On December 18, 2019, a federal appeals court ruled that the Affordable Care Act’s (ACA) individual mandate is unconstitutional, since the mandate tax penalty had been reduced to zero. The individual mandate, the requirement that everyone have health insurance coverage, was previously challenged as unconstitutional. In 2012, the Supreme Court ruled that the individual mandate was valid as a tax, noting that it would not be valid under the Commerce Clause power.
The 2017 Tax Cut and Jobs Act repealed the individual mandate penalty on individuals without insurance, effective in 2019. Although the penalty was nullified, the individual mandate remained in the statute. Texas and other states filed suit challenging the constitutionality of the mandate claiming that since it no longer raised revenue for the government, it could not be upheld as a tax.
In December 2018, a federal district court agreed with Texas, finding that the individual mandate penalty was unconstitutional since it no longer functioned as a tax. In addition, the court stated that since the individual mandate was essential to the Affordable Care Act, the entire Act was unconstitutional.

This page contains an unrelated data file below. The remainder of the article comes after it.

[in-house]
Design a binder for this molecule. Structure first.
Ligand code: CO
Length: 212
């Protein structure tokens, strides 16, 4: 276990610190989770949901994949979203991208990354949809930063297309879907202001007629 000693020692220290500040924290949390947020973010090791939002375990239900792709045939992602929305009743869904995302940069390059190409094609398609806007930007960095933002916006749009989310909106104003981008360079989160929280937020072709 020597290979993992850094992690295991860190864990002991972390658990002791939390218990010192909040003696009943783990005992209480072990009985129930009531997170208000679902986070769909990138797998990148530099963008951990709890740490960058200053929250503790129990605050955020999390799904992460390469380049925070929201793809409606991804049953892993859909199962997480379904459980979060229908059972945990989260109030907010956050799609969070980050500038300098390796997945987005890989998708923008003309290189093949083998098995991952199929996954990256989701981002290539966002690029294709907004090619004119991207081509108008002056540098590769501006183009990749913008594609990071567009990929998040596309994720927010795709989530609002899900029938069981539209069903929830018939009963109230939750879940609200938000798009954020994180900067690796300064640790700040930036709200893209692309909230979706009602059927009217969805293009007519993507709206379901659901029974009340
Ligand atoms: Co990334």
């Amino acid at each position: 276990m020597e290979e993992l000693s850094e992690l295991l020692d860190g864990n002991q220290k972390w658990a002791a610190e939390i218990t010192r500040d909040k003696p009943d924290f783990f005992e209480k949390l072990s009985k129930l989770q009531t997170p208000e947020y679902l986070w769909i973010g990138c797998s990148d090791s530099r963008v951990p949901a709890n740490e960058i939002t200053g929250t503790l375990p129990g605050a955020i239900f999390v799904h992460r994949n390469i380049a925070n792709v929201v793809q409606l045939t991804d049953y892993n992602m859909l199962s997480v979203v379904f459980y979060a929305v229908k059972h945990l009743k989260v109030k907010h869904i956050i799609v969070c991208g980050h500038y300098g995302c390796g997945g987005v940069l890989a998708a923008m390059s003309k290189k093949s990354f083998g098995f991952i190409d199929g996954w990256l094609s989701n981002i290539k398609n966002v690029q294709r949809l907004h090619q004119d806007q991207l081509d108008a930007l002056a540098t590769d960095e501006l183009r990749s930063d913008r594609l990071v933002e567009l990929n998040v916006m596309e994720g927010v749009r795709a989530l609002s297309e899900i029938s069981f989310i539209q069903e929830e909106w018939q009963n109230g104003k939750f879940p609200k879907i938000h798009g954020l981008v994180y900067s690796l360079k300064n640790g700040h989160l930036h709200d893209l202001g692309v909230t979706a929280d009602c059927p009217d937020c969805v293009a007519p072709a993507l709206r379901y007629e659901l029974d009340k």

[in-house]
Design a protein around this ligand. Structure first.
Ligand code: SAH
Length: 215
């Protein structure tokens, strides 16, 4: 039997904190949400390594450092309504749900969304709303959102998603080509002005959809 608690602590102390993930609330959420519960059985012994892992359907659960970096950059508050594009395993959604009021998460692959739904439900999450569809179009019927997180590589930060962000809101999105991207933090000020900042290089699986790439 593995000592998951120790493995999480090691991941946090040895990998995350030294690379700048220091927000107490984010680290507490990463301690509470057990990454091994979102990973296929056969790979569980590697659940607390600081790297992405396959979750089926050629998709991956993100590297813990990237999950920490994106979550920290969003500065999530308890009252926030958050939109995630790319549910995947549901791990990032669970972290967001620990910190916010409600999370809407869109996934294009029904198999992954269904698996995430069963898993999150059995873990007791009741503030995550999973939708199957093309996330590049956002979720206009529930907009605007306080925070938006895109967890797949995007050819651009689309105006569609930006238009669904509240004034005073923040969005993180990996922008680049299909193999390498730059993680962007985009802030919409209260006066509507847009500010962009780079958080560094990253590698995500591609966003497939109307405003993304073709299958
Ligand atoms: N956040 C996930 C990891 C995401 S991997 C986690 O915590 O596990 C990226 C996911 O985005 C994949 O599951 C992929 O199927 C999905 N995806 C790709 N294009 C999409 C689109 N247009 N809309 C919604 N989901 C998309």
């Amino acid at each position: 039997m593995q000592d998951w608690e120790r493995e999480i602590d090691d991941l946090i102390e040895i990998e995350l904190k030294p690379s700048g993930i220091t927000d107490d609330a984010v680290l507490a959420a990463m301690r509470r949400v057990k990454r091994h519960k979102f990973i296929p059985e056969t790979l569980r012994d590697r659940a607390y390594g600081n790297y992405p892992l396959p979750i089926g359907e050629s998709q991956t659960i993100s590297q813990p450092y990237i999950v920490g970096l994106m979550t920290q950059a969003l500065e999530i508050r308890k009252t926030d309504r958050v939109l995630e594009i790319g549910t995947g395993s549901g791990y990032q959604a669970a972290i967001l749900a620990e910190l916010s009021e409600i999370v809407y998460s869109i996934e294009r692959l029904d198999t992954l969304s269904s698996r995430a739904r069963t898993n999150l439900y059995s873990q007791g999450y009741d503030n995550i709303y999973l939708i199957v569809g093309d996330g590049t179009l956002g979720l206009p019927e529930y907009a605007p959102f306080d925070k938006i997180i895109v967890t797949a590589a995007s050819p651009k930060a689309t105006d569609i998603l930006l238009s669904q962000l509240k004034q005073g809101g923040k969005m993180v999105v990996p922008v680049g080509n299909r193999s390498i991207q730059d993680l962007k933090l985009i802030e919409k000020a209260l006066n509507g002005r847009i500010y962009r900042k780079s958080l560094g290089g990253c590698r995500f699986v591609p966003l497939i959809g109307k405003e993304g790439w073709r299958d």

On December 18, 2019, the Fifth Circuit appeals court held that the Texas district court was partially correct, in that the individual mandate, without a penalty, was unconstitutional. However, the appeals court did not uphold the portion of the decision to strike down the entire ACA. The court remanded that aspect of the case back to the federal district court to determine whether the mandate can be severed from the rest of the ACA. The appeals court also instructed the federal district court to analyze the individual mandate’s interplay with other ACA provisions.
On January 3, certain Democratic states’ attorneys general and the U.S. House of Representatives, defending the ACA, filed petitions requesting that the Supreme Court immediately weigh in on the constitutionality of the mandate, as well as the viability of remainder of the ACA.
Employers should continue to comply with ACA, including the requirement for large employers (over 50 full-time employees) to provide affordable insurance to its full-time employees and report such coverage to the IRS (Form 1095-C). Note that all other ACA provisions, such as guaranteed issue, no annual or lifetime limits, age 26 coverage for adult children, etc., remain in effect.